2014
                21 May 2014
                : 9
                : 5
                : e98358
                Affiliations
                [1 ]Department of Pediatrics, University of British Columbia, Vancouver, British Columbia, Canada
                [2 ]Department of Cell and Developmental Biology, University of British Columbia, Vancouver, British Columbia, Canada
                [3 ]Child and Family Research Institute, BC Children's Hospital, Vancouver, British Columbia, Canada
                University of Toledo, United States of America
                Author notes

                Competing Interests: The authors have declared that no competing interests exist.

                Conceived and designed the experiments: PL CJL. Performed the experiments: PL. Analyzed the data: PL CJL. Wrote the paper: PL CJL.

                Article
                PONE-D-14-04160
                10.1371/journal.pone.0098358
                4029904
                24848268
                bb5b76fb-0338-4540-a36a-7da124ec77c1
                Copyright @ 2014

                This is an open-access article distributed under the terms of the Creative Commons Attribution License, which permits unrestricted use, distribution, and reproduction in any medium, provided the original author and source are credited.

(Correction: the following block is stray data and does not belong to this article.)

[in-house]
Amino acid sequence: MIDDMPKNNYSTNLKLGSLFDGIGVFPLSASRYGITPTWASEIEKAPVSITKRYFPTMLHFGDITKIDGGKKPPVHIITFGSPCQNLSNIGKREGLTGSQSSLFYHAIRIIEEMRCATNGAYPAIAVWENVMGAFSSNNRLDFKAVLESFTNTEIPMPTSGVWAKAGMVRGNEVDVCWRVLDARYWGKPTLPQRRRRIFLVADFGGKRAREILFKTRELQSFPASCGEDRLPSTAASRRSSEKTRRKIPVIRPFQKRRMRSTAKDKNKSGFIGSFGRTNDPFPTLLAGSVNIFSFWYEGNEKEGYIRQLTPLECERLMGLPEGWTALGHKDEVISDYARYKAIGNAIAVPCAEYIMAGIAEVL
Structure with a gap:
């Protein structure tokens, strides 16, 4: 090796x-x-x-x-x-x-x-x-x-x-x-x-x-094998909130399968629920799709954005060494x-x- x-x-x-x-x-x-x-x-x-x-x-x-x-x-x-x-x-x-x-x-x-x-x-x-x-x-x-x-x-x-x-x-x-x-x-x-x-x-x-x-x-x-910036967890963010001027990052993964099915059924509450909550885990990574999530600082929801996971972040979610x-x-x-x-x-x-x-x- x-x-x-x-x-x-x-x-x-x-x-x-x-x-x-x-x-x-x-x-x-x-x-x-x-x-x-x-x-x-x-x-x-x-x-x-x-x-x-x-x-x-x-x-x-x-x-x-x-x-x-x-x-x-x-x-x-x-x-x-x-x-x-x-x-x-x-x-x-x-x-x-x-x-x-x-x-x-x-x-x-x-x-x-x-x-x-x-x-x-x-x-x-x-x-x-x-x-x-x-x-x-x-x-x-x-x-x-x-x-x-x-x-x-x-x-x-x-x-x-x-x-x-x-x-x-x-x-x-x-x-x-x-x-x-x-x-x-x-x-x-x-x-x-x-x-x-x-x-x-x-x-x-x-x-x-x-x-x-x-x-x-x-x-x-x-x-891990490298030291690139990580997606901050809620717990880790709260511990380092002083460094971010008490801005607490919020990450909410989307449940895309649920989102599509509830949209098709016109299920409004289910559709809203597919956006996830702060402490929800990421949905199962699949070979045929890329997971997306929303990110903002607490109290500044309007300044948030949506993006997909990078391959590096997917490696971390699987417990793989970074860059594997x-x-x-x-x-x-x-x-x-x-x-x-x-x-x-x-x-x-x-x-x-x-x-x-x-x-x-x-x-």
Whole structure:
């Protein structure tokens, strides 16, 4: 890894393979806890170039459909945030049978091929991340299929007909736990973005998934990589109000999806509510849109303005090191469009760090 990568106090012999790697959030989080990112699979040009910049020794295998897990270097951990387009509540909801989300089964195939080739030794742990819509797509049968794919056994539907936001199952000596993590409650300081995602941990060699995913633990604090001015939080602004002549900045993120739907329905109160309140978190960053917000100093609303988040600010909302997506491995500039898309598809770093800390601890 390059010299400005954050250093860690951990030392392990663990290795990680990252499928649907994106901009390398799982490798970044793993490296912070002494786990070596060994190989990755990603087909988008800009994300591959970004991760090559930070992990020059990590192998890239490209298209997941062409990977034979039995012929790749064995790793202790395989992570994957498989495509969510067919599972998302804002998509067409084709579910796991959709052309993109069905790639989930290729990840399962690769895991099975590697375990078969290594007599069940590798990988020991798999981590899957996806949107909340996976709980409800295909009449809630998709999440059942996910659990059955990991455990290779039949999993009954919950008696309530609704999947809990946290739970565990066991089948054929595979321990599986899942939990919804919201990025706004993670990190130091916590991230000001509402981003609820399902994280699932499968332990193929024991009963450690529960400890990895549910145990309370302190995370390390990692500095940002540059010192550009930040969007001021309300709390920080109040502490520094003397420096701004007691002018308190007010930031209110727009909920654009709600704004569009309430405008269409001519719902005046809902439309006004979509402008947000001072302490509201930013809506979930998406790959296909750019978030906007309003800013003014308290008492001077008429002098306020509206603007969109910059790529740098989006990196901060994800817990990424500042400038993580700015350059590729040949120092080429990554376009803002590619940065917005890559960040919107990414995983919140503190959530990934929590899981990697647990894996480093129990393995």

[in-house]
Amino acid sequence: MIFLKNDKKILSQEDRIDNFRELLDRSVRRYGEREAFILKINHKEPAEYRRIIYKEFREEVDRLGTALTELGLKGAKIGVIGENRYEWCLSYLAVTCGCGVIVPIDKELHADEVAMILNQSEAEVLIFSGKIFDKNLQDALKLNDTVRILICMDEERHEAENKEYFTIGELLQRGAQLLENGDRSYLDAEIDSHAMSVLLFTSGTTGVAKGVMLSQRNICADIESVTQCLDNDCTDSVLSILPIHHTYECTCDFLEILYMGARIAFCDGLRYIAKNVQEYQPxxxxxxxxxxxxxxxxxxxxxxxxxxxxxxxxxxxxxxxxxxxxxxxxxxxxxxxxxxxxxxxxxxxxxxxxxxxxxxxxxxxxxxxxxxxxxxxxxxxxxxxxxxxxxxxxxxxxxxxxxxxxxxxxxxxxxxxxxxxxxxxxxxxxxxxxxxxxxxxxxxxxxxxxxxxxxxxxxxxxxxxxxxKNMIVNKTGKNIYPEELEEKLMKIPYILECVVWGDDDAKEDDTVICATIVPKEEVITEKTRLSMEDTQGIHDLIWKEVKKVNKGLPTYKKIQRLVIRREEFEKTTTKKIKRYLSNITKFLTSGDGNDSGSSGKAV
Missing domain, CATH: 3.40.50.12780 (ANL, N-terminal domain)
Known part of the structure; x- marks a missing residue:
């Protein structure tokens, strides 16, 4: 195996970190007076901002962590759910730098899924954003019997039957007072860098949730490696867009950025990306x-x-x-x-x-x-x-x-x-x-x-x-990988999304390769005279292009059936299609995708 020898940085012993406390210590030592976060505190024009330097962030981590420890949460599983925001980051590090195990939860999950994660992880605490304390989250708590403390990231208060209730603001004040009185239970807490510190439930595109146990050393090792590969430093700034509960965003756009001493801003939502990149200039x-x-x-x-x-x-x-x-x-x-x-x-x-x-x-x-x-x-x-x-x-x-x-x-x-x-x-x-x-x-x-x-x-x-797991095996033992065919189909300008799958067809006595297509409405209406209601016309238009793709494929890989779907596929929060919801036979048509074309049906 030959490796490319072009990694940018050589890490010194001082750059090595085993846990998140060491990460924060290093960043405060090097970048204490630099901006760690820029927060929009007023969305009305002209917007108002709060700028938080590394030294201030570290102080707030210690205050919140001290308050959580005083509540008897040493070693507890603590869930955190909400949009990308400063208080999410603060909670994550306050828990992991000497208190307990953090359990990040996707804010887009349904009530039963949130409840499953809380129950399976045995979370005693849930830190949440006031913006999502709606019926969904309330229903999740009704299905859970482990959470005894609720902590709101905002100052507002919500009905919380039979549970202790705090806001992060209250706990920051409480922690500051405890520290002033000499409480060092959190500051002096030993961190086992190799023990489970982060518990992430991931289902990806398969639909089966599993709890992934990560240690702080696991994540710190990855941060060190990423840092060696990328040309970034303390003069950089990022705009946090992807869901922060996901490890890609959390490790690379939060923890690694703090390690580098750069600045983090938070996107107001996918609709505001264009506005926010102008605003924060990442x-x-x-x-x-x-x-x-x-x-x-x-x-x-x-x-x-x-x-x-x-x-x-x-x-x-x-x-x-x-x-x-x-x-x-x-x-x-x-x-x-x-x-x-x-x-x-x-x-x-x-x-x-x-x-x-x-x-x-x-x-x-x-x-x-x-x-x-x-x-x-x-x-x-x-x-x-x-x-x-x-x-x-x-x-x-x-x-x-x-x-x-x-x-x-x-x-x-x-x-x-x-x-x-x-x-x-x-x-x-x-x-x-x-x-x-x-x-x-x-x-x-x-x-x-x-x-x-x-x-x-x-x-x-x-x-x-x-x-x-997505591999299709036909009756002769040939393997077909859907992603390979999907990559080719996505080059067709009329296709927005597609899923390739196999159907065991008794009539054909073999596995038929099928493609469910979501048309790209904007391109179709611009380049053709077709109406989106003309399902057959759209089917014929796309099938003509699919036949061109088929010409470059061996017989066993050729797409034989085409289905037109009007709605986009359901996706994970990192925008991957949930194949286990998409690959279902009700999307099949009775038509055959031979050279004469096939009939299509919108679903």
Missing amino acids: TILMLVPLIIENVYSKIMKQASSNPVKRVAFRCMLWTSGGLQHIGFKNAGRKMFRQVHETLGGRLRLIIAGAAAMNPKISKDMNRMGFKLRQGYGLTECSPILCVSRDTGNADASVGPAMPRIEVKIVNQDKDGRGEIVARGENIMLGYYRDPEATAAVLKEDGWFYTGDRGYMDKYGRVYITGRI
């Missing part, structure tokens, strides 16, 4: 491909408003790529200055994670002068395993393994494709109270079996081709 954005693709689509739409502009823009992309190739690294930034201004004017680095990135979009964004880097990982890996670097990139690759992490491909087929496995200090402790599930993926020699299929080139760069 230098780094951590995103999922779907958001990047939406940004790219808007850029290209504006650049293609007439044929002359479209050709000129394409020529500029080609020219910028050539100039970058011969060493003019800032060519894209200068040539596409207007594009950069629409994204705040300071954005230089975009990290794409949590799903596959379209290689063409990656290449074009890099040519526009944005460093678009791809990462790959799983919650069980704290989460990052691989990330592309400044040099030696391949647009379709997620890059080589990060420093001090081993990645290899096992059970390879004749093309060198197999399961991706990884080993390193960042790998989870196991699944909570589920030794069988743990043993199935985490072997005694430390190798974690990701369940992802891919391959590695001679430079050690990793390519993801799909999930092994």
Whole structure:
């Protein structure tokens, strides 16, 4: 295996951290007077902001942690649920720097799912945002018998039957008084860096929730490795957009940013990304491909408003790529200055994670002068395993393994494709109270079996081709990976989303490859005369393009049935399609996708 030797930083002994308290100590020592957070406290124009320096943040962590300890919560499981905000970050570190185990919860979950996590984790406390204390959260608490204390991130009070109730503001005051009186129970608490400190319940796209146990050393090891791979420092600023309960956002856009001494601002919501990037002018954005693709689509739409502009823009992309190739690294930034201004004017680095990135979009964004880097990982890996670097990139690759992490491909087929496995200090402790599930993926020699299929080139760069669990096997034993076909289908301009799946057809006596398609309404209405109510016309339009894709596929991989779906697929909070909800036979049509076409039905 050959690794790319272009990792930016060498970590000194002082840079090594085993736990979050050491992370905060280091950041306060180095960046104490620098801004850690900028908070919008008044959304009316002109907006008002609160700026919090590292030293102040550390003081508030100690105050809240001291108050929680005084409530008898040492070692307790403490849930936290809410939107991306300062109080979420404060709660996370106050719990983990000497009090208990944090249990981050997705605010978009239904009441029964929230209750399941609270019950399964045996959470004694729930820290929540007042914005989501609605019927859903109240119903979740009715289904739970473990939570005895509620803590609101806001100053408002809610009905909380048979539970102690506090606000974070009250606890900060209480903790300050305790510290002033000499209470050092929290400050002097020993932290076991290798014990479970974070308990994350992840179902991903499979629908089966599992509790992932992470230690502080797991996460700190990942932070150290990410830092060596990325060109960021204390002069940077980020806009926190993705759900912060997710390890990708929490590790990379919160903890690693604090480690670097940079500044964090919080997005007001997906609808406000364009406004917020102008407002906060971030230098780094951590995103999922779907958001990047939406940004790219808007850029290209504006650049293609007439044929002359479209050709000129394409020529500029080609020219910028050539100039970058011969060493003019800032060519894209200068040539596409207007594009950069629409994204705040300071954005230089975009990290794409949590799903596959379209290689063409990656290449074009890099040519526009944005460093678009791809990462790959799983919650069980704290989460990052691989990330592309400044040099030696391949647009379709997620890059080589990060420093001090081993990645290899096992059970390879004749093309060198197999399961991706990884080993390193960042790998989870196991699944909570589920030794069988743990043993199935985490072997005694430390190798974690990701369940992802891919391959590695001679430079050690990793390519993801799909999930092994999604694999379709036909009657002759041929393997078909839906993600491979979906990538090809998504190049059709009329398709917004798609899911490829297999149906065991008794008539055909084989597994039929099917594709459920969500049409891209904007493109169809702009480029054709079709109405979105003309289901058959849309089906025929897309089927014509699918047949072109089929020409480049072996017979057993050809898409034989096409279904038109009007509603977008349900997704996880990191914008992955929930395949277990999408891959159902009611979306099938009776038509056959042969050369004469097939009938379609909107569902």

History
                : 29 January 2014
                : 1 May 2014
                Page count
                Pages: 8
                Funding
                This study was supported by grants from the Canadian Institutes of Health Research, National Science and Engineering Research Council, and the Canadian Foundation for Innovation awarded to C.J.L. P.L. received a Child and Family Research Institute-Michael Cuccione Graduate award. C.J.L. was supported by the Michael Cuccione Foundation and holds an investigatorship from the Child and Family Research Institute. The funders had no role in study design, data collection and analysis, decision to publish, or preparation of the manuscript.
                Categories
                Research Article
                Biology and Life Sciences
                Biochemistry
                Proteins
                Extracellular Matrix Proteins
                Protein Interactions
                Cell Biology
                Cell Adhesion
                Integrins
                Cellular Types
                Animal Cells
                Blood Cells
                White Blood Cells
                T Cells
                Immune Cells
                Molecular Cell Biology
                Immunology

                Uncategorized
                Uncategorized